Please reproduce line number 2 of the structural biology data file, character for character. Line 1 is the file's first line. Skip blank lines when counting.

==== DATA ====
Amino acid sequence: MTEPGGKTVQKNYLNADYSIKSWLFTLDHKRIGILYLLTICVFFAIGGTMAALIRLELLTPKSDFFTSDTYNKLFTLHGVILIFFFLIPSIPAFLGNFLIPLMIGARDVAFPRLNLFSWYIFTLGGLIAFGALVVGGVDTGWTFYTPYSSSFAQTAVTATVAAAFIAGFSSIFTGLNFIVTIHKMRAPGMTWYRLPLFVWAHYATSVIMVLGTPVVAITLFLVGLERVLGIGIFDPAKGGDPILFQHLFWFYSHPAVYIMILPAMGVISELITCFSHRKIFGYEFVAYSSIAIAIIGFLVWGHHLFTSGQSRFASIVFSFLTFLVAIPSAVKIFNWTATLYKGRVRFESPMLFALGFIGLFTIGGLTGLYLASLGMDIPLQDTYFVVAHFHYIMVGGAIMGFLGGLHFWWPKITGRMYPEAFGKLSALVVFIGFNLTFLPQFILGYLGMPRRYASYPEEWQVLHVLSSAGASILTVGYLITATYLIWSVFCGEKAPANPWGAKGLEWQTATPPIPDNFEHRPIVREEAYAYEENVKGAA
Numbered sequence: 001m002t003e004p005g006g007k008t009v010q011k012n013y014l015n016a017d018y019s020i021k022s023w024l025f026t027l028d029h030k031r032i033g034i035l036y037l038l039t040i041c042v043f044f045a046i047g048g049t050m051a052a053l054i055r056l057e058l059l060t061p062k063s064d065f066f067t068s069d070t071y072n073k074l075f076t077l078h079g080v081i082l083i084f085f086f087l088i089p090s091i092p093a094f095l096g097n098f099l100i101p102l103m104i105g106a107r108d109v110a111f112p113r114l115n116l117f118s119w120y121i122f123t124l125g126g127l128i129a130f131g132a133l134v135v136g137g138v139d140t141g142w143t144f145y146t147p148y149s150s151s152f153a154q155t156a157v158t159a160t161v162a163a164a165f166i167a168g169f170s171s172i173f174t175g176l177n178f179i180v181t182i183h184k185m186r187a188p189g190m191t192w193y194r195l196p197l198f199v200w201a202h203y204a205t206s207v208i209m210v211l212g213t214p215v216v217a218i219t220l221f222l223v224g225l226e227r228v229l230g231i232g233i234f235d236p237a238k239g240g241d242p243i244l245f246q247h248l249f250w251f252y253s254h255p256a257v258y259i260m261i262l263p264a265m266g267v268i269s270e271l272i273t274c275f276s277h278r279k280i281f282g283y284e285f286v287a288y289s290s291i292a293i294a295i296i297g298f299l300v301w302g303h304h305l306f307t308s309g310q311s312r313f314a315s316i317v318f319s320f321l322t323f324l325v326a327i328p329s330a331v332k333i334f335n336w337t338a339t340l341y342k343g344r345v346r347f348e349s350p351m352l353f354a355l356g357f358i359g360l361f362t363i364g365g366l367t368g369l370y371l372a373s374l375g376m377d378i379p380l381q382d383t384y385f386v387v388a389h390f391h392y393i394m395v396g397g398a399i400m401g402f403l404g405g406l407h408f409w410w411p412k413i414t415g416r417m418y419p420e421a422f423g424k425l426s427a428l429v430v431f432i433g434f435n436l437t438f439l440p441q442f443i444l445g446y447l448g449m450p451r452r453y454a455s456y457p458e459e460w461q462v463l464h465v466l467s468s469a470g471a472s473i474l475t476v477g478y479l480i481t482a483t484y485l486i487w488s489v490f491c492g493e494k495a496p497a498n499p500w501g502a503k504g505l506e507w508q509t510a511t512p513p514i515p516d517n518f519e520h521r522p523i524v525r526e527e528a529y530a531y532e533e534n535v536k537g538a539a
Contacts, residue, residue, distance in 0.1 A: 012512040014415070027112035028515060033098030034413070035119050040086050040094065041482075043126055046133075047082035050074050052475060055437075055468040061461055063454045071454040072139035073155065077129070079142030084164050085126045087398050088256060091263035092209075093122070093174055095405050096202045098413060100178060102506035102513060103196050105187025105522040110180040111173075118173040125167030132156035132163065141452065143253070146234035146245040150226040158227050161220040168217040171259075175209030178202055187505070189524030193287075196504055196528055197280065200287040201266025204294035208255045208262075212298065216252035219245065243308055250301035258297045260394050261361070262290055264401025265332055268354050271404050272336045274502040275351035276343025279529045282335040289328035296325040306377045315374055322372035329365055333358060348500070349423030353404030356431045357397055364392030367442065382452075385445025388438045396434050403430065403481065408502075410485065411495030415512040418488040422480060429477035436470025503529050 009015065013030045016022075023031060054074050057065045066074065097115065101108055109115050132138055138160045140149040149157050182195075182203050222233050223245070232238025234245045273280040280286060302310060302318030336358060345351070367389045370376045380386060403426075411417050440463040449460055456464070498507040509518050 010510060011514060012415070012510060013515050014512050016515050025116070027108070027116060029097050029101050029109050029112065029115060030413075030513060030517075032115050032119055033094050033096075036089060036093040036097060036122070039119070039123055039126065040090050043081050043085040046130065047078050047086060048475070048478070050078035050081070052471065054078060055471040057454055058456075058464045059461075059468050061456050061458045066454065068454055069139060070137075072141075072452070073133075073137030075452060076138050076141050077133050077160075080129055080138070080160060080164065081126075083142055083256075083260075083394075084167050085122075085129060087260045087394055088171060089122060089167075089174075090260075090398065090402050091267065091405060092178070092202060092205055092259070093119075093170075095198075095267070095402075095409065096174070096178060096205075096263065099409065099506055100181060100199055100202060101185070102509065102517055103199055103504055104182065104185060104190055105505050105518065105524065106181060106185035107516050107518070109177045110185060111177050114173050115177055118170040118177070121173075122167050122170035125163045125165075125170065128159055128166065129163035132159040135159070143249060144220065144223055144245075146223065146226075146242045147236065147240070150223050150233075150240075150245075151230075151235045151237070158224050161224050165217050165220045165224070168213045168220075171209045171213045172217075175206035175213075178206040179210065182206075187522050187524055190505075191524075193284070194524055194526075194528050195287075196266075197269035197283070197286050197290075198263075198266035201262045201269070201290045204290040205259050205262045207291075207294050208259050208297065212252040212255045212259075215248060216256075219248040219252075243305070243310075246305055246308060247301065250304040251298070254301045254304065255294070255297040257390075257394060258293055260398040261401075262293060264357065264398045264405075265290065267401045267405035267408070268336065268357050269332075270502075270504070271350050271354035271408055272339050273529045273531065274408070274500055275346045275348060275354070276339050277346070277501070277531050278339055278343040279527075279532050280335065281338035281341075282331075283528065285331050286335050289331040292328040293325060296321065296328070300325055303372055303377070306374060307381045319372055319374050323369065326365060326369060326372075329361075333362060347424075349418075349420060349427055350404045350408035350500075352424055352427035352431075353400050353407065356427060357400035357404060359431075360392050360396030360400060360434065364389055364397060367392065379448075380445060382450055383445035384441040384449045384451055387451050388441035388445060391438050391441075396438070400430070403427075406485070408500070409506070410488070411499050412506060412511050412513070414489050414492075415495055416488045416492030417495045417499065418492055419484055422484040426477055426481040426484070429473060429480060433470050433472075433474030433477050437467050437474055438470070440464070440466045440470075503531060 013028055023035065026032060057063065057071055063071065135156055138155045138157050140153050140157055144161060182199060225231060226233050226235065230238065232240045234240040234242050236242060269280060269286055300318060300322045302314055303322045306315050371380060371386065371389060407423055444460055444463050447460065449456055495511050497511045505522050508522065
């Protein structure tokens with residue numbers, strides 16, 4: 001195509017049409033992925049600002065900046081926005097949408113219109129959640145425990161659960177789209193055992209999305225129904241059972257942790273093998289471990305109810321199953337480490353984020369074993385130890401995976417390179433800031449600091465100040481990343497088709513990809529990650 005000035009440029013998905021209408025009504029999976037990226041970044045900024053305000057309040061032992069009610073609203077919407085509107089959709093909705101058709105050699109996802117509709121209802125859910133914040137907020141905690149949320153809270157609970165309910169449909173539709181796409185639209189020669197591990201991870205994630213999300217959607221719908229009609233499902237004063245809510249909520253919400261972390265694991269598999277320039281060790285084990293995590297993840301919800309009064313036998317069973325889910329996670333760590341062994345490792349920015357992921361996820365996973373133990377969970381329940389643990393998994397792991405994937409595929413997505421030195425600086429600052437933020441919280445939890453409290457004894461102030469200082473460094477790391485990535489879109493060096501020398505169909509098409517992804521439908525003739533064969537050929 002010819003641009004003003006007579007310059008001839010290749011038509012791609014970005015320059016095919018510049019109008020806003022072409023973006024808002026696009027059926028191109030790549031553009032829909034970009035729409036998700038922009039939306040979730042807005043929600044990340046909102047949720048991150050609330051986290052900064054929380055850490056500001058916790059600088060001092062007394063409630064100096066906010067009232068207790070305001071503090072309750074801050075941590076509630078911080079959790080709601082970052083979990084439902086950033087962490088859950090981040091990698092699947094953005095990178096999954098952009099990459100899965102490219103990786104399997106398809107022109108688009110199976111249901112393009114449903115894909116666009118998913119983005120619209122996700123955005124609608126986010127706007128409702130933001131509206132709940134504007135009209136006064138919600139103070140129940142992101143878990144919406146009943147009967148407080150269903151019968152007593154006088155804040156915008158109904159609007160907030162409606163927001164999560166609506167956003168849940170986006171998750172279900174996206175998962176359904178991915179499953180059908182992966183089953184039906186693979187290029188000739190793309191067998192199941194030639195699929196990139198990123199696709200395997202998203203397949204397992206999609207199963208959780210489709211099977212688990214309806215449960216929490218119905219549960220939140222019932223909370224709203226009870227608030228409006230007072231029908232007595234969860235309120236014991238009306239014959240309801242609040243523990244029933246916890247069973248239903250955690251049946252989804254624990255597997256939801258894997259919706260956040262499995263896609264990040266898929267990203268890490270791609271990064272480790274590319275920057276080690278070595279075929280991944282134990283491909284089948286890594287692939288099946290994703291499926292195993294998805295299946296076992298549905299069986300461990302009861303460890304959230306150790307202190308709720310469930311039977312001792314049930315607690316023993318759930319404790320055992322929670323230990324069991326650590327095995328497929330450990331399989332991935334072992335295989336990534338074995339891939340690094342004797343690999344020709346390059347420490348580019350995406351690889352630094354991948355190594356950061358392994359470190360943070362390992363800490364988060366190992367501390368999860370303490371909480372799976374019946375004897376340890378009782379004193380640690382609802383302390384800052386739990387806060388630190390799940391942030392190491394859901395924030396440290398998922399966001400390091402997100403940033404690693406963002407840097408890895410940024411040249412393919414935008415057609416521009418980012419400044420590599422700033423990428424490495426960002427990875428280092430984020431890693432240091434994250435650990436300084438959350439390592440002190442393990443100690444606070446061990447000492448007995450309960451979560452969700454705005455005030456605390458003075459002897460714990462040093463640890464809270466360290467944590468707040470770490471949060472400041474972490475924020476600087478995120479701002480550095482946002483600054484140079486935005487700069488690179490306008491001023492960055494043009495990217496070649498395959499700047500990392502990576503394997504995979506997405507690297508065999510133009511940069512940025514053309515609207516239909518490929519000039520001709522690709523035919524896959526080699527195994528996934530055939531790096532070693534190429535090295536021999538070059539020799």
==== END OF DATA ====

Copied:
Numbered sequence: 001m002t003e004p005g006g007k008t009v010q011k012n013y014l015n016a017d018y019s020i021k022s023w024l025f026t027l028d029h030k031r032i033g034i035l036y037l038l039t040i041c042v043f044f045a046i047g048g049t050m051a052a053l054i055r056l057e058l059l060t061p062k063s064d065f066f067t068s069d070t071y072n073k074l075f076t077l078h079g080v081i082l083i084f085f086f087l088i089p090s091i092p093a094f095l096g097n098f099l100i101p102l103m104i105g106a107r108d109v110a111f112p113r114l115n116l117f118s119w120y121i122f123t124l125g126g127l128i129a130f131g132a133l134v135v136g137g138v139d140t141g142w143t144f145y146t147p148y149s150s151s152f153a154q155t156a157v158t159a160t161v162a163a164a165f166i167a168g169f170s171s172i173f174t175g176l177n178f179i180v181t182i183h184k185m186r187a188p189g190m191t192w193y194r195l196p197l198f199v200w201a202h203y204a205t206s207v208i209m210v211l212g213t214p215v216v217a218i219t220l221f222l223v224g225l226e227r228v229l230g231i232g233i234f235d236p237a238k239g240g241d242p243i244l245f246q247h248l249f250w251f252y253s254h255p256a257v258y259i260m261i262l263p264a265m266g267v268i269s270e271l272i273t274c275f276s277h278r279k280i281f282g283y284e285f286v287a288y289s290s291i292a293i294a295i296i297g298f299l300v301w302g303h304h305l306f307t308s309g310q311s312r313f314a315s316i317v318f319s320f321l322t323f324l325v326a327i328p329s330a331v332k333i334f335n336w337t338a339t340l341y342k343g344r345v346r347f348e349s350p351m352l353f354a355l356g357f358i359g360l361f362t363i364g365g366l367t368g369l370y371l372a373s374l375g376m377d378i379p380l381q382d383t384y385f386v387v388a389h390f391h392y393i394m395v396g397g398a399i400m401g402f403l404g405g406l407h408f409w410w411p412k413i414t415g416r417m418y419p420e421a422f423g424k425l426s427a428l429v430v431f432i433g434f435n436l437t438f439l440p441q442f443i444l445g446y447l448g449m450p451r452r453y454a455s456y457p458e459e460w461q462v463l464h465v466l467s468s469a470g471a472s473i474l475t476v477g478y479l480i481t482a483t484y485l486i487w488s489v490f491c492g493e494k495a496p497a498n499p500w501g502a503k504g505l506e507w508q509t510a511t512p513p514i515p516d517n518f519e520h521r522p523i524v525r526e527e528a529y530a531y532e533e534n535v536k537g538a539a